Medical Journal Letter To Editor Stated That Exact Mechanism Of Hepatotoxicity In Subject Patient Was Unknown
(Posted by Tom Lamb at DrugInjuryWatch.com)
As we reported, on August 24, 2009 the FDA issued its "Early Communication" notification about an ongoing safety review of the obesity drugs Xenical (orlistat 120 mg) and Alli (orlistat 60 mg).
While that announcement by the FDA was the first time some people had heard about possible serious liver-related side effects caused by Xenical and Alli, this safety issue is not new.
In August 2006 The American Journal of Medicine (AMJ) published online a Letter to the Editor item titled "Severe Hepatic Injury Caused by Orlistat" which presented a then-recent case of acute hepatic injury in a 15-year old woman who was using Xenical.
From this August 2006 AMJ item:
A 15-year-old Thai woman without remarkable medical history had taken orlistat (120 mg three times daily) for 7 days because of concerns of obesity. One week later, the patient was admitted to an emergency hospital with abdominal pain, malaise, nausea, and diarrhea, and was transferred to our hospital the following day. She had no toxic habits and denied taking any other medications or herbal remedies.... The patient’s serum aspartate aminotransferase and alanine aminotransferase levels were surprisingly high at 8269 IU/L and 9976 IU/L.... The results of screening for viral hepatitis (hepatitis A, B, C, and E virus; cytomegalovirus; Epstein-Barr virus) and autoimmune markers (antinuclear antibodies and antimitochondrial antibodies) were all negative. Abdominal ultrasound, computed tomography, and magnetic resonance imaging all showed normal findings. The patient was given vitamin K intravenously for 5 days, and liver function test results normalized within 1 month.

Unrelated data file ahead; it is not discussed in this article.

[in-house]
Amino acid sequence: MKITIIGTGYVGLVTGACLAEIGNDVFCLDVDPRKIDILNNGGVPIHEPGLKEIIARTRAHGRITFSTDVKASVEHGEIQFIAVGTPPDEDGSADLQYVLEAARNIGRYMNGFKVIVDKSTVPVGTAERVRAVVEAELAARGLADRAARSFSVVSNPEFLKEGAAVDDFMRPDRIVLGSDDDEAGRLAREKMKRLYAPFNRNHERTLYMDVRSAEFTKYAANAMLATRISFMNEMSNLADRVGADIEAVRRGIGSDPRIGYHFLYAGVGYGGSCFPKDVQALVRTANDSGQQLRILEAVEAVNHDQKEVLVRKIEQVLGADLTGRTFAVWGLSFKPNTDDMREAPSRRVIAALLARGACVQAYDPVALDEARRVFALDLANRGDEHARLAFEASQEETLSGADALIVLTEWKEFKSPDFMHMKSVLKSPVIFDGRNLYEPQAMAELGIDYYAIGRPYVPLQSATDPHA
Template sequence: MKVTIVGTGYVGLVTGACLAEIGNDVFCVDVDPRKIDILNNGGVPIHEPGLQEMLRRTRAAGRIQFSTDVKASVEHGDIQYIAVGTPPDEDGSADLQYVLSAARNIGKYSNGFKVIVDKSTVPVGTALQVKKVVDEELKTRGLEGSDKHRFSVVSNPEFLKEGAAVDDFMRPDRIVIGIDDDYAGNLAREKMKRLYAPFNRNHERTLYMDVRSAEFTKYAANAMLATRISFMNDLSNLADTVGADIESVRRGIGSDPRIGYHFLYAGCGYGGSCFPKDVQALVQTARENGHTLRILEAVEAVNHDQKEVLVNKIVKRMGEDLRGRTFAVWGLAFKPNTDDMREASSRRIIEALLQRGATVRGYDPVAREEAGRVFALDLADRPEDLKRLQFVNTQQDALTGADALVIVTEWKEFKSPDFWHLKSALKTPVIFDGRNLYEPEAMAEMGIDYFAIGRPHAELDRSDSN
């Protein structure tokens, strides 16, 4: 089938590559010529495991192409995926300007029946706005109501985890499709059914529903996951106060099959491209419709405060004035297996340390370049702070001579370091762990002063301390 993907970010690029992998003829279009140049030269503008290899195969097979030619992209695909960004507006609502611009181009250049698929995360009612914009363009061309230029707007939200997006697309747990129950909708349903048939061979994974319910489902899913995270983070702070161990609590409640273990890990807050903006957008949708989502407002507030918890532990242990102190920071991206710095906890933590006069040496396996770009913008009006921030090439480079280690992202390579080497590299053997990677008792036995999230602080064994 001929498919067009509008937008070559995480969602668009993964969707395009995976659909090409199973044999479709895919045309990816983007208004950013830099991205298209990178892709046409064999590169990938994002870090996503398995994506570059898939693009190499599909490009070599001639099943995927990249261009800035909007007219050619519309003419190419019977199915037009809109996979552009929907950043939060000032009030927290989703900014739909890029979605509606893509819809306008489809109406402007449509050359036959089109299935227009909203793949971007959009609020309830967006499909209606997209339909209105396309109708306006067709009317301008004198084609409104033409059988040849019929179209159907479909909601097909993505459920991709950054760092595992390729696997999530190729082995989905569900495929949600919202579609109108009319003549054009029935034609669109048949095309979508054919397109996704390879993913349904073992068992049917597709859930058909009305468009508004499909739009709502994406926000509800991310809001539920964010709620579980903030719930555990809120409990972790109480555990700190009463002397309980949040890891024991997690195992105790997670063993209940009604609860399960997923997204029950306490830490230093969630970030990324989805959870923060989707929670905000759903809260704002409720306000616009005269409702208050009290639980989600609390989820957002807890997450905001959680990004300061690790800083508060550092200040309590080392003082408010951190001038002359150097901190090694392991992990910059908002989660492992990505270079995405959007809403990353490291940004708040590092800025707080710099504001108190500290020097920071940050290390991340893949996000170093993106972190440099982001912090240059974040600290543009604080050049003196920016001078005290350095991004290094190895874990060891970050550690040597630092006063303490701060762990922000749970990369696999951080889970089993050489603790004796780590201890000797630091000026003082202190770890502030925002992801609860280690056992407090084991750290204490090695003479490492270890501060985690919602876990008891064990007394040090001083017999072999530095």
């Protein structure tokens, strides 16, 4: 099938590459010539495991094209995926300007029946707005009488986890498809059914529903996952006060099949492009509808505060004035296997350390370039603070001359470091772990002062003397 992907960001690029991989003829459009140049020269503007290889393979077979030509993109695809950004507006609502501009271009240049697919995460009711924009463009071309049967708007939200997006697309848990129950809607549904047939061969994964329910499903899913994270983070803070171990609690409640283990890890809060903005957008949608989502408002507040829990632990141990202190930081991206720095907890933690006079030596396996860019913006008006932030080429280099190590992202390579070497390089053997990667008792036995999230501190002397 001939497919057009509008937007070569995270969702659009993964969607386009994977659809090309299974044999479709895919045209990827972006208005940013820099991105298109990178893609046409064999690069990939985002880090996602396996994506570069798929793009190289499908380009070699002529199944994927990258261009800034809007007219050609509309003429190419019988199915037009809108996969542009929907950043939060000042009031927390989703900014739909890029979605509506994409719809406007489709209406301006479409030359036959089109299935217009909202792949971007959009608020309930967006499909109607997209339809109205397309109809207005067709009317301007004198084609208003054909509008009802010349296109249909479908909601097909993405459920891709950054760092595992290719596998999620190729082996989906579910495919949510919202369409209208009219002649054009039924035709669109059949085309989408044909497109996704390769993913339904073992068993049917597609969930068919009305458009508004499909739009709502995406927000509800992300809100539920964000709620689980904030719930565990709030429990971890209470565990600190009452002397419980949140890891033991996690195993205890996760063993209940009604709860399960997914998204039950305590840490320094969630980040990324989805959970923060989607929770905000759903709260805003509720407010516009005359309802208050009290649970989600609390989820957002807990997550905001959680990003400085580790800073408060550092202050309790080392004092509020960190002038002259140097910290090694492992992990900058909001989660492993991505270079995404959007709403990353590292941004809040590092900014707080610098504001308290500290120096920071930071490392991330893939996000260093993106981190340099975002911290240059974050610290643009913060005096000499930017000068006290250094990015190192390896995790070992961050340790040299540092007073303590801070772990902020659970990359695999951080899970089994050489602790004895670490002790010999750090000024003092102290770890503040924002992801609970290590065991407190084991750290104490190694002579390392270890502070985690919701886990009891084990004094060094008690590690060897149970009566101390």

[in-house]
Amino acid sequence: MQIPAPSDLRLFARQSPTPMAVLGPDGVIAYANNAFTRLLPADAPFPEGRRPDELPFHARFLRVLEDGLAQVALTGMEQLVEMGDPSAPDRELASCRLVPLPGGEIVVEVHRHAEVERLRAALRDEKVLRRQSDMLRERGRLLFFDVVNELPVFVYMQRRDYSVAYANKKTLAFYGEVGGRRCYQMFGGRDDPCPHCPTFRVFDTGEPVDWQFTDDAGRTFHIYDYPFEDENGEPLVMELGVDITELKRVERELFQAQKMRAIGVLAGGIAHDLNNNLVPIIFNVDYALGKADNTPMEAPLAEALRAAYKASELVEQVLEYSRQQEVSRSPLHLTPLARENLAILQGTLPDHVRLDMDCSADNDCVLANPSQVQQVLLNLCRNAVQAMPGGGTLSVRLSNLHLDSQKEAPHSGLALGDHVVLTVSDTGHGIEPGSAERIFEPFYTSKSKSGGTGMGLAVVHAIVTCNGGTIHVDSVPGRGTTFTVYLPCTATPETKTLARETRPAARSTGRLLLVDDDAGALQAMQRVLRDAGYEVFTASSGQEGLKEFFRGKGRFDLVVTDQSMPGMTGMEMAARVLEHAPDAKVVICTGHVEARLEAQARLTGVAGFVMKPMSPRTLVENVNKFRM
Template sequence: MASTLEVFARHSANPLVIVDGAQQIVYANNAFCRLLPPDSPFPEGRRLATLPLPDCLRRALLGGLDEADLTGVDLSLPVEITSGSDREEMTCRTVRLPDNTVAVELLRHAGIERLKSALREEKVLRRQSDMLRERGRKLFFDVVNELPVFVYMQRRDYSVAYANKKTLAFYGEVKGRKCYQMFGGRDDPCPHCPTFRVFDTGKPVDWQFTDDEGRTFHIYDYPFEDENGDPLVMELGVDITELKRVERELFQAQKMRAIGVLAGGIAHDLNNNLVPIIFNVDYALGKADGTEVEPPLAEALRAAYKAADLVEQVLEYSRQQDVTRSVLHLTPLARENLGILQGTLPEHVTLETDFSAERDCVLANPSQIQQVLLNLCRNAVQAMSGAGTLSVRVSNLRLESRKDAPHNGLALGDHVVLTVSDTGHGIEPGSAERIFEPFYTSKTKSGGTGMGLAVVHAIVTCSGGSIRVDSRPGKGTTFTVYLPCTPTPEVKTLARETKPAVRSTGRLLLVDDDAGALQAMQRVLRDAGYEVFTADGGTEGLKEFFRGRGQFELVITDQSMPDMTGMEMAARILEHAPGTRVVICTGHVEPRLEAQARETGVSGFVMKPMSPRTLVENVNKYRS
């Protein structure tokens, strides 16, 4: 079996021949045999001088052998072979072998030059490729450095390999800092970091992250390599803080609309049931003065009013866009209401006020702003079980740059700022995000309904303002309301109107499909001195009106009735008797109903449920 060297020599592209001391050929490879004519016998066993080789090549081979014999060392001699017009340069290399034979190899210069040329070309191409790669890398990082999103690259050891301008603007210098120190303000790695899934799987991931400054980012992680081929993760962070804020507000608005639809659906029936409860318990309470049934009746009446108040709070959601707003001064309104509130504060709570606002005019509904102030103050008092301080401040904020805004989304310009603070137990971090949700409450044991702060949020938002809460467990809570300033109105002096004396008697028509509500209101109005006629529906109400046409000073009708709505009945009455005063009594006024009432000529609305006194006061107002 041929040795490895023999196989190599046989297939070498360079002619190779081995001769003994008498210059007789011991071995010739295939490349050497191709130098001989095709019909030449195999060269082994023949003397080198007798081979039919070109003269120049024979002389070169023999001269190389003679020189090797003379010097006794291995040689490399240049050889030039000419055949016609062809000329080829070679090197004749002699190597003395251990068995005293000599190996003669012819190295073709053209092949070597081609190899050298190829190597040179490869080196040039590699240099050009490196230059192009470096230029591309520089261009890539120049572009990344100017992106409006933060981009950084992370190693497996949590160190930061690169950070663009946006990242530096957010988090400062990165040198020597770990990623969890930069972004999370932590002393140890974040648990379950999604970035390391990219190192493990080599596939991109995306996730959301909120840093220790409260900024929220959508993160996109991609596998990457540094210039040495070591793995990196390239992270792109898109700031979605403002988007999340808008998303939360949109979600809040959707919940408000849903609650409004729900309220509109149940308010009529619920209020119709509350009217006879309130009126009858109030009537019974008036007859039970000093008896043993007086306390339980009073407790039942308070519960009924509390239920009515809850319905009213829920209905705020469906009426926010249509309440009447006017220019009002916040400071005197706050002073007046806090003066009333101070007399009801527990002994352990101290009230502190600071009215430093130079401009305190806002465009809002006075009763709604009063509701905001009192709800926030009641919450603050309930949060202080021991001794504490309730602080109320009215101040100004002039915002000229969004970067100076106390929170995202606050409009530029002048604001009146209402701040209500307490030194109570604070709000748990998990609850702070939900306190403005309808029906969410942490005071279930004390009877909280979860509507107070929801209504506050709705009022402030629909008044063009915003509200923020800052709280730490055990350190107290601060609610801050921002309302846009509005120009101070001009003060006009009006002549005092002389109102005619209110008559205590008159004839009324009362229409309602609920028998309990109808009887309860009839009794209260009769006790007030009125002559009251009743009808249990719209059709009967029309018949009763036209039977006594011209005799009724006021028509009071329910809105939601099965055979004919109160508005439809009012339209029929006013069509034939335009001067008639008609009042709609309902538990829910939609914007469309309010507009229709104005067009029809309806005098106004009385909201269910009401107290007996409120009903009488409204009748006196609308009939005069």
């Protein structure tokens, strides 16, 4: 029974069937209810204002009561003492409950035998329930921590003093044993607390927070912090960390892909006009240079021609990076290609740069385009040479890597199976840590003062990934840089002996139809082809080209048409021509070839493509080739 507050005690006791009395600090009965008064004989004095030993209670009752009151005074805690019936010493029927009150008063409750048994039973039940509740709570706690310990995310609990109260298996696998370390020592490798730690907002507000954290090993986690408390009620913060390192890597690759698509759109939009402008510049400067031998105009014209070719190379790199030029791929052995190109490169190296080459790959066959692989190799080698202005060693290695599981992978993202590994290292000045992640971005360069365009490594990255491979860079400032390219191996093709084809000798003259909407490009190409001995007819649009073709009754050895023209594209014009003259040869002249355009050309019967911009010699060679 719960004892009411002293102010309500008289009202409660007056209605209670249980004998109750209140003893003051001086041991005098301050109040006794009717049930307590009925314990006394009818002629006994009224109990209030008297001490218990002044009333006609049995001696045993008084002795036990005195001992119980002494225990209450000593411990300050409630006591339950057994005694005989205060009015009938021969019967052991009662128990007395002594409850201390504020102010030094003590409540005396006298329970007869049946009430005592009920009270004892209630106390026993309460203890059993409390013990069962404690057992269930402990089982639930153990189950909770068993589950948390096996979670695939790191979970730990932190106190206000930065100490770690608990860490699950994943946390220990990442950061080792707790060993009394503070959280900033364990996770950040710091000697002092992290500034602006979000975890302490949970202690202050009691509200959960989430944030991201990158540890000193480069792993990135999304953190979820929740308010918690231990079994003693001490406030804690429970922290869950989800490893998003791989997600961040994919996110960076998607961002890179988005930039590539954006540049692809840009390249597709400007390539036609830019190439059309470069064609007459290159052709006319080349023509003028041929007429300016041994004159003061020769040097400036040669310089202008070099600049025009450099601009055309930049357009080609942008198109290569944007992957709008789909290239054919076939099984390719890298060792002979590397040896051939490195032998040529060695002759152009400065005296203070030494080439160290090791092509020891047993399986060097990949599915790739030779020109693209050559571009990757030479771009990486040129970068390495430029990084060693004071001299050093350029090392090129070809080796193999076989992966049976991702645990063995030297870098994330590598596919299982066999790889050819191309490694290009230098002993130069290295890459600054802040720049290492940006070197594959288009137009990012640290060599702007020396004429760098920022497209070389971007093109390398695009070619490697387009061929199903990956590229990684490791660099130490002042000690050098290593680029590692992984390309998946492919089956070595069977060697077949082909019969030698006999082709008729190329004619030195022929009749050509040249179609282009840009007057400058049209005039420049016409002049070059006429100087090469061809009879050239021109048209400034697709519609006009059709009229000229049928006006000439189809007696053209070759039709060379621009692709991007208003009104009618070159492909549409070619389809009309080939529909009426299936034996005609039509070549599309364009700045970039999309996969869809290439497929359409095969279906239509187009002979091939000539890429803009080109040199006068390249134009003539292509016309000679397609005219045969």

Based on these findings, the treating physicians arrived at these determinations:
- The exact mechanism of hepatotoxicity in our patient is unknown, although the presence of low-grade fever, eosinophilia, elevated immunoglobulin-E level, and cytopenia indicates an immunoallergic reaction.
- In addition, the temporal association between the institution of orlistat and the onset of hepatic abnormalities, the resolution of symptoms and the improvement of abnormal liver function test results after the drug was stopped, and the absence of alternative explanations strongly suggest that orlistat caused her liver injury.
- The Clinical Diagnostic Scale4 also has indicated a probable relationship between acute hepatotoxicity and orlistat, which is in agreement with our report indicating that orlistat may cause substantial acute liver injury. [footnote omitted]
We will be watching to see if there is an increase in the number of MedWatch reports submitted to the FDA concerning about Xenical or Alli and serious liver injury including liver failure due, perhaps, to media coverage of the FDA's announcement in late August 2009 about its ongoing safety review of Xenical and Alli.